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Soul Songs, Mose Songs & COVID Aid for Djibouti

Soul Songs, Mose Songs & COVID Aid for Djibouti

Courtesy Janto Djassi


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Bahama Soul Club
Bohemia After Dawn
Buyú Records

Soulful original music laced with judicious and striking samples, Bohemia After Dawn serves a textbook example of music that packs an impact larger than the sum of its parts. Written, arranged, produced and performed by Oliver Belz and André Neundorf (the Bahama Soul Club) plus guest musicians and singers live and looped, Bohemia After Dawn sets body, mind and soul to "simmer" from its opening "Afrodisia" through the end of its closing "Castelejo."

"Mango" slips and slides on its reggae beat while horns call and echo the melody in sweet and sticky scoops of sound. In the follow-up "Mango" (Club des Belugas Remix), a cool conga beat helps transports this reggae from the Caribbean to a nightclub in Brazil. "Alma Sola" walks along an ice-cold finger-snapping electric bass line with flute and purring female vocals drizzling sweet heat on top. Guitarists Ralli King and Bela Heine slice out soul-jazz blues chords and solos that feature touches of George Benson and Albert King to roll "Riding the Train" down the rails of a cool jazz guitar-organ combo sound.

Billie Holiday and John Lee Hooker (or at least their sampled voices) pop in as guest stars. Belz and Neundorf re-spin "Ain't Nobody's Business" around loops of Holiday's vocal, shaping the creeping shadow and darkness of Ray Manzarek's "Riders on the Storm" keyboard sound around the rhythms of Holiday's exquisite blues and punching out her words with the chorus horns.

In "Never Roam No More," the producers fold the gravelly growl and thunder of Hooker's inimitable voice into an improbable yet magical, thick and vibrant dance groove as smooth and cool as satin bedding. The SMOOVE Remix adds a full minute of extra music plus a whole lot of additional rhythm: a two-step drum kick, the synthetic disco pulse, and bass and guitar tweaked into Chic dancefloor funk, all sparkling in a slick Hamilton Bohannon-style mix. (I had to take review notes for this track three different times because the first two I wouldn't [or couldn't] stop dancing.)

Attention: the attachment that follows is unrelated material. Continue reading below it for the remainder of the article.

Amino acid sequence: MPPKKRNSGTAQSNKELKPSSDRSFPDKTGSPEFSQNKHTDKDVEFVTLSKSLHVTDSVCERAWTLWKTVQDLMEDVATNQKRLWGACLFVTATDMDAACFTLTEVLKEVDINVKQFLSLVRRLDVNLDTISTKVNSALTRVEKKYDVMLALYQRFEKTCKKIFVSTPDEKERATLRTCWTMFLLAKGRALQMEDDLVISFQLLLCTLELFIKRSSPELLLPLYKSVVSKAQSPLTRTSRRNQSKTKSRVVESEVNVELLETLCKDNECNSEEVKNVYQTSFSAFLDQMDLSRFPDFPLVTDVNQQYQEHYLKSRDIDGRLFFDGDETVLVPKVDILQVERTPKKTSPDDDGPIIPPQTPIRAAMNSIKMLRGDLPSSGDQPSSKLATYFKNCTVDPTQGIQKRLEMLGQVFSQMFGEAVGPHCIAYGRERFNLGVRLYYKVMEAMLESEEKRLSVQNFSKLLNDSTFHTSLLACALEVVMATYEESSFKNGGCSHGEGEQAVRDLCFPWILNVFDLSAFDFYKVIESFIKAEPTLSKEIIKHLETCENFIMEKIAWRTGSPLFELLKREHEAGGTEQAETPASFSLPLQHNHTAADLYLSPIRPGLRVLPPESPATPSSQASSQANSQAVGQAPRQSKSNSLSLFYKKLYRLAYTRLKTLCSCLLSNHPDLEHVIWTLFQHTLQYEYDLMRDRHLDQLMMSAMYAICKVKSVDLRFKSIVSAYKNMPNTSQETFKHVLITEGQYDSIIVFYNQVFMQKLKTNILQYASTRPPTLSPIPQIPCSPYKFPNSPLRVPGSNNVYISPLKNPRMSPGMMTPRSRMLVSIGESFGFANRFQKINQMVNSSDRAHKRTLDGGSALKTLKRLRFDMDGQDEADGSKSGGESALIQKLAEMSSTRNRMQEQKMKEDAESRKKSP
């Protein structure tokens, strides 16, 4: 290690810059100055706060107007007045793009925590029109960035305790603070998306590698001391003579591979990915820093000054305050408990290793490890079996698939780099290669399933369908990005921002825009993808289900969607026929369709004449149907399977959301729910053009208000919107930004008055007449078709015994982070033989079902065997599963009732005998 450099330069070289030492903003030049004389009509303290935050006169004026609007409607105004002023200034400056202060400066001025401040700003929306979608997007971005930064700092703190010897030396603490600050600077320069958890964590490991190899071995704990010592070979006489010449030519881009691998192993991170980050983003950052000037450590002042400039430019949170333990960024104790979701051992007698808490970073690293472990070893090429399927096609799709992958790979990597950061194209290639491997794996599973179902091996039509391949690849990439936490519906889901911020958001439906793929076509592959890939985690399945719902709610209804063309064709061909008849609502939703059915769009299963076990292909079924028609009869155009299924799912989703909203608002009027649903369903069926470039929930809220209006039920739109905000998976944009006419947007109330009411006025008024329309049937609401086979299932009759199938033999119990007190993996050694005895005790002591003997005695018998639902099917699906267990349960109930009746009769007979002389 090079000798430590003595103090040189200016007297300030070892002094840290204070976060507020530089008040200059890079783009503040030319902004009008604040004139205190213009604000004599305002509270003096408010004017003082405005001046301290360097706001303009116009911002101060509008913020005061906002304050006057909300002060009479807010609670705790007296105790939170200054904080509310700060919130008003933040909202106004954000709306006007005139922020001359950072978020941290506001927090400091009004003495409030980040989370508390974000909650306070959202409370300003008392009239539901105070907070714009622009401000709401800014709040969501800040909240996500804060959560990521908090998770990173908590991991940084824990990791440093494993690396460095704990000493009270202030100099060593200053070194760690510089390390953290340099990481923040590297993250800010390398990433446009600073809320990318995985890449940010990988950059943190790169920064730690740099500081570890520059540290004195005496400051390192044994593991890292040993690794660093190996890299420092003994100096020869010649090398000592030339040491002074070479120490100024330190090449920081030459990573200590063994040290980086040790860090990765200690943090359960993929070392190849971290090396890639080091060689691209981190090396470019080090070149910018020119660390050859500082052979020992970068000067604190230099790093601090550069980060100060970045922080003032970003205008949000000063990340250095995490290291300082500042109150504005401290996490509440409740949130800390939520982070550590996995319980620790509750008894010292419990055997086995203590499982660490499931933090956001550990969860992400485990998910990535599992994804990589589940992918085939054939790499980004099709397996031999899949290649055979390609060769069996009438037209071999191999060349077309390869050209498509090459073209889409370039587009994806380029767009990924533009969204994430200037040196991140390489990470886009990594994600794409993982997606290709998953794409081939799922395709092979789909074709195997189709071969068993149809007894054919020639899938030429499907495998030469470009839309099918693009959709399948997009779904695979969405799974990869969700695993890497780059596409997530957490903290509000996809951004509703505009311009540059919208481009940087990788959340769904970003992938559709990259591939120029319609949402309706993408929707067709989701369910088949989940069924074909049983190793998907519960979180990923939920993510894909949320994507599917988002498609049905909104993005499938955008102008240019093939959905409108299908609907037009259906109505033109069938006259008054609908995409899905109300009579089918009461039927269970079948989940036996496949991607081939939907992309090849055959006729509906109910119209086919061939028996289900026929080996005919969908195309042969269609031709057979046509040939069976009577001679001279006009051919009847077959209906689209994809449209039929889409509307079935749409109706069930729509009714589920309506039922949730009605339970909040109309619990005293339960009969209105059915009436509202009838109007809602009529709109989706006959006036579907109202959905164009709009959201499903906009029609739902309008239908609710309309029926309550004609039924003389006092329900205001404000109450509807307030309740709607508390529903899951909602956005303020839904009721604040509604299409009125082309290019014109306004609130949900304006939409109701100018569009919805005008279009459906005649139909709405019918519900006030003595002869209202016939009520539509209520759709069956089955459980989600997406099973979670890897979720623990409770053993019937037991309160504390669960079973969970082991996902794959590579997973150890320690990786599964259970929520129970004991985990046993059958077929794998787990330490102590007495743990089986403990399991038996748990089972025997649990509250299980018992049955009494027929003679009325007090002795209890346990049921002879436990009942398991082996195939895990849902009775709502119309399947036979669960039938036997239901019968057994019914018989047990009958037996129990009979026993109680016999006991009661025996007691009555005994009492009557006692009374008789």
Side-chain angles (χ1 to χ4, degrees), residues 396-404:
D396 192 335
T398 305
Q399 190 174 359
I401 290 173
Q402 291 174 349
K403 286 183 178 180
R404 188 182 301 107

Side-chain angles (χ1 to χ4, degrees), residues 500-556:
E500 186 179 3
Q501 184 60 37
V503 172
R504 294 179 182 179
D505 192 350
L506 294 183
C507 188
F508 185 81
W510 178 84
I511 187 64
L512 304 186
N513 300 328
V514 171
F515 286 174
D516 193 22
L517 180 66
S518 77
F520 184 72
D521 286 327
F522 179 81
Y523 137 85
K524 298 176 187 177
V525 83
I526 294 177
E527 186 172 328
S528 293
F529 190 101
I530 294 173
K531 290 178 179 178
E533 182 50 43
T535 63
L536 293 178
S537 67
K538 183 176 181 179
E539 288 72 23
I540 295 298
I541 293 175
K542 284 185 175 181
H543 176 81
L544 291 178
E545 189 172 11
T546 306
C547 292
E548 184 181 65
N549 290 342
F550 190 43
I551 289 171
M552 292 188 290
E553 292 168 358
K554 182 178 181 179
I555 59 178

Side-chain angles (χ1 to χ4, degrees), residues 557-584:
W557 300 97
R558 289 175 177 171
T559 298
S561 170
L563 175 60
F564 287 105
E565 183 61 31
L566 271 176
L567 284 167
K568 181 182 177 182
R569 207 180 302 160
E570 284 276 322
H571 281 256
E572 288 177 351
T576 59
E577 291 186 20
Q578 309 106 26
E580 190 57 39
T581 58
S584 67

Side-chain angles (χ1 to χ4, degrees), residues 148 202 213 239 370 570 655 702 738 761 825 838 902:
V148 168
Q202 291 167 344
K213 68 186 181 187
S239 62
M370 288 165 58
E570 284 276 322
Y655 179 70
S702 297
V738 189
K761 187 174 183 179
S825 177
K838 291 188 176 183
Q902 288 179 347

The closing "Castelejo (Hommage à Vitor Hugo)" opens like a large jungle cat slowly waking, yawning, stretching, and then unraveling into a prowling instrumental, sounding thick and sparse, and creating moods both powerful and subdued.

Wood Wind & Skin
Sticks & Stones Music

When Mark Esakoff and Michael Whipple began collaborating in 1987, they focused their sound on the resonance of three sources: Wood (claves, marimbas, etc.), wind (flute, recorder, etc.) and skin (nylon strings, congas, etc.). Although their first four releases expanded their sound into metallic, electronic and other timbres, this fifth release honors the Wood, Wind & Skin purity of their early founding days.

In Chasm, Esakoff's primary voices are nylon string guitar and marimba (which he professes to play like a "log drum piano"), and Whipple's are flute, keyboards and drums. Whipple also plays bass and percussion and sings on Wood, Wind & Skin, while Esakoff adds luitars (lute-guitars), ukuleles, bass and vocals.

Esakoff and Whipple are both natives of Ventura (California). This might not at first seem relevant, but if you've hiked through sunlit mountains, there's a good chance you'll recognize the sound, vision and (especially) the feel of Wood, Wind & Skin. After the reverential two-minute introduction "Praying for Rain," the music skips easy and carefree into the warm "Sideways Sunshine" and then tumbles into the bright and pretty "Look at Her Glow."

"Arctic Crossing" turns much more cold and brittle and seems to float frozen in space, suspended by arching strings, until quick and sharp guitar notes pierce its static sound like icy needles of frozen rain. "Inner Jungle" turns even darker and more mysterious: A cymbal keeps anxious time while percussion slithers and rattles out from shadows and bass builds a Middle Eastern mood, then a solitary horn rises up like Yusef Lateef to scan the horizon for eastern sounds and leading the music into a whirling Arabic dance.